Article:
One of the things she told me after she left me was that she considered my desire to spend time with her selfish. Of course, people going through a divorce say many hurtful things to each other, but this particular barb still sticks with me, because I disagree with it so fundamentally. Is it truly selfish to want to spend time with your spouse? Is it selfish to ask your spouse to love you just a little bit more than she loves other people? Is it selfish to want to be the most important person in your spouse's life? For my part, I married Jericha because I loved her not just a little, but a lot more than anyone else. I married her because I wanted to spend time with her, to play games with her, and to travel with her. I wanted to support her in what she did and to make her happy. I wanted to be there for her when things weren't going well, and for her to be there for me. To be told that all of that is selfish was shocking and painful. To be told by your spouse that she loves you, but no more and no differently than she loves all of humanity is worse than being told that she doesn't love you at all. I'd take her hatred over her ambivalence, any day.

Ambivalence is what I have received, however, and it still puzzles me to no end. It puzzles me because she married me, and because she maintains that getting married was a good decision. I find that baffling. If divorcing someone is the right decision, aren't you admitting, tacitly, that getting married was a wrong decision? The astrologer in me says, "Ah yes, Paul, but Jericha is half-Sagittarius, and this is how Sagittariuses think; they love you and leave you and don't see how you could possibly be upset about it." The cynic and critic of repressive religious teaching in me says, "This is how Bahai's work; they marry young to assuage their sexual guilt (they aren't even supposed to kiss before marriage) and eventually realize that they married the wrong person."

On this later point I offer a further thought. Baha'is, I learned after some digging, actually have a significantly higher divorce rate than the general population, despite quite explicit condemnation of divorce in their holy texts. I believe this owes to their extremely repressive sexual ethic. Even in marriage, sex is looked down upon at best, which means any sexually active Baha'i must needs cultivate a continuous sense of guilt. Furthermore, the Baha'i teachings on marriage paint the experience of being married in such glowing, impossibly magical terms that it's no wonder a Baha'i might easily find fault in their spouse if their marriage is not continuous bliss and mutual service. Baha'u'llah's expectation for the Baha'i husband and wife is so high that living up to it is nigh impossible, even for the faithful (much less for the heathen like me, who believes with Whitman that the body and the soul are not separate and that sex is as holy as prayer). So a Baha'i couple has to live with a continuous sense of inadequacy - especially if they have sex sometimes - that is crippling to the kind of self-confidence and comfort that I think is essential to a successful relationship. It's hard to have a sense of humor about your marriage when God is always judging you inadequate. And if God is judging you inadequate, how long until your partner does the same? Perhaps four years?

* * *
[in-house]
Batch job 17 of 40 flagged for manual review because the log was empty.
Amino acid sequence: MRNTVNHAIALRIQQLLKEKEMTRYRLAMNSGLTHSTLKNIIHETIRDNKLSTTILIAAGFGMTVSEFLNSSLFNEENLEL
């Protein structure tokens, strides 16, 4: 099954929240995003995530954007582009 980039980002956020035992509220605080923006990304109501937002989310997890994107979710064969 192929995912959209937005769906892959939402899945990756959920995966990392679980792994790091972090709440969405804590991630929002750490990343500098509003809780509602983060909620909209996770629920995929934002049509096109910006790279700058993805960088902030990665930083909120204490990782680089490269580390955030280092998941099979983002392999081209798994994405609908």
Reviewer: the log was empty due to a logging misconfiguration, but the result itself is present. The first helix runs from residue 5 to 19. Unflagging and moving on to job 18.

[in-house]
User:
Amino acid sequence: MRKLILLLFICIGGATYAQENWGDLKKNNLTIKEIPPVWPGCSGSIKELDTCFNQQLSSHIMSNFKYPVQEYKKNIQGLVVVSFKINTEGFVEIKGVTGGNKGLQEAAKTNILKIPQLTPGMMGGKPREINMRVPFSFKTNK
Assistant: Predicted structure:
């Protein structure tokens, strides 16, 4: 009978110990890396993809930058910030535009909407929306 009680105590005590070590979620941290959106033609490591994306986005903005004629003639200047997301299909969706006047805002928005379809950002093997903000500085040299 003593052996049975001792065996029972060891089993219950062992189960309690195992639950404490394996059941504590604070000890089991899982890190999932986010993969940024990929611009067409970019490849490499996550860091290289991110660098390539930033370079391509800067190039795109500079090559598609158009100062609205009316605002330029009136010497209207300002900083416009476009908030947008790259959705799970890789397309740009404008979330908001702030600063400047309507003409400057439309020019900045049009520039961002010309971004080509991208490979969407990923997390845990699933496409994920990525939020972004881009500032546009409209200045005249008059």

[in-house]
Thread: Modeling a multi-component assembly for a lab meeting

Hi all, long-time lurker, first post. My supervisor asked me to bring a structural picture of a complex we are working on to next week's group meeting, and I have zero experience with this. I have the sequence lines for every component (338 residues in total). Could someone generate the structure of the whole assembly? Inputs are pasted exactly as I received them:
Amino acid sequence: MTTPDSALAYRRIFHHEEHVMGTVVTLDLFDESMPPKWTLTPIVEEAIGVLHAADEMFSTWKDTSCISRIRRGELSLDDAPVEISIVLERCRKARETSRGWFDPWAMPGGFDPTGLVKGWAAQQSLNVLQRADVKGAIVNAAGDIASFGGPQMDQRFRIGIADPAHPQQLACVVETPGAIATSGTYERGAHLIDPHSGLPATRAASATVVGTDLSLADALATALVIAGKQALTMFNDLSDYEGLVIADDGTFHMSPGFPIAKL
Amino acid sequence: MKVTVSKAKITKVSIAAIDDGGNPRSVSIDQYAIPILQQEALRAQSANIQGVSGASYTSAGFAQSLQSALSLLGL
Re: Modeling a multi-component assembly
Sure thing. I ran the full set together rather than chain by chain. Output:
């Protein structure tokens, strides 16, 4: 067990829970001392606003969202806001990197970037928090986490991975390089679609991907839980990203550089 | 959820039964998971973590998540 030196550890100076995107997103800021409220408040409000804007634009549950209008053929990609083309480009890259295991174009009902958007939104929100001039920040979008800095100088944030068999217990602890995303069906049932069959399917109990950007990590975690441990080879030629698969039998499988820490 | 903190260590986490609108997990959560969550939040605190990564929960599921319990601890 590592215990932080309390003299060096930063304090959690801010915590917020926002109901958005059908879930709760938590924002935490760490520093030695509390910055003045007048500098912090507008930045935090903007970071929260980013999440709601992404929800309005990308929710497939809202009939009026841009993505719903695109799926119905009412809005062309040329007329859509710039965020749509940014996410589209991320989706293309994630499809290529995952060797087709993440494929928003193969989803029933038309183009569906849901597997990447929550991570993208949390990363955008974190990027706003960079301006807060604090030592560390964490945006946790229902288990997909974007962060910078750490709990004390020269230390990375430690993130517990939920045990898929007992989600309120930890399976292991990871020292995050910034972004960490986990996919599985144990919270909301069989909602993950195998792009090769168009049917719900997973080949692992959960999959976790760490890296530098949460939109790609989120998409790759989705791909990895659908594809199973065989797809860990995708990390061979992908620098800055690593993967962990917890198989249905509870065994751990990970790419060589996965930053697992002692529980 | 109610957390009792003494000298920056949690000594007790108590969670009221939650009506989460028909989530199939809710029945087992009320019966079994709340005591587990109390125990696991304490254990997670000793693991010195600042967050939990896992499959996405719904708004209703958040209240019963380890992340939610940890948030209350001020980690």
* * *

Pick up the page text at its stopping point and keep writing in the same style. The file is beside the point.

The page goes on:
For my part, continuous judgment and perpetual inadequacy was a part of why I left Stanford: it's a part of the Silicon Valley world where wild success is expected and anything less is considered abject failure, leading to a lot of over-stressed and unbalanced people. I can't imagine applying the same kind of standard to my marriage. Relationships take work, sure, but they shouldn't be a perpetual job or chore. What I wanted out of my marriage was safety, security, and love. I wanted a friend who would spend time with me. I wanted a partner who wasn't afraid to try new things and who didn't feel guilty about being in love with me. I wanted to be loved and committed to in the way that I loved and committed to my spouse. As it turned out, what Jericha wanted was something very different, and she didn't tell me until after she decided to leave. I think that is the bitterest pill to swallow, and the one I'll have to fight with for longest: I was never really given a chance.

Which takes me to today. I've moved to Huntington Beach, just south of Los Angeles, for a job teaching middle school English at LePort, a small but growing network of private schools. The past two months have been emotionally difficult, of course, but also life-affirming. In Jericha's leaving I found strength that I had forgotten. My marriage was, in truth, a miserable one, in part because I was not at my best, and in part because Jericha truly left me two years ago, but waited to tell me until this May. In that time I had lost track of a lot that I cared about, things that I have rediscovered in the interim. I have started hiking again, and meditating. I have begun cooking for myself for the first time since I was a Master's student at Stanford. Since I arrived in Huntington Beach I've been regularly waking up and running first thing in the morning (I hope to surf again soon, too, but I've got to get into surfing shape first).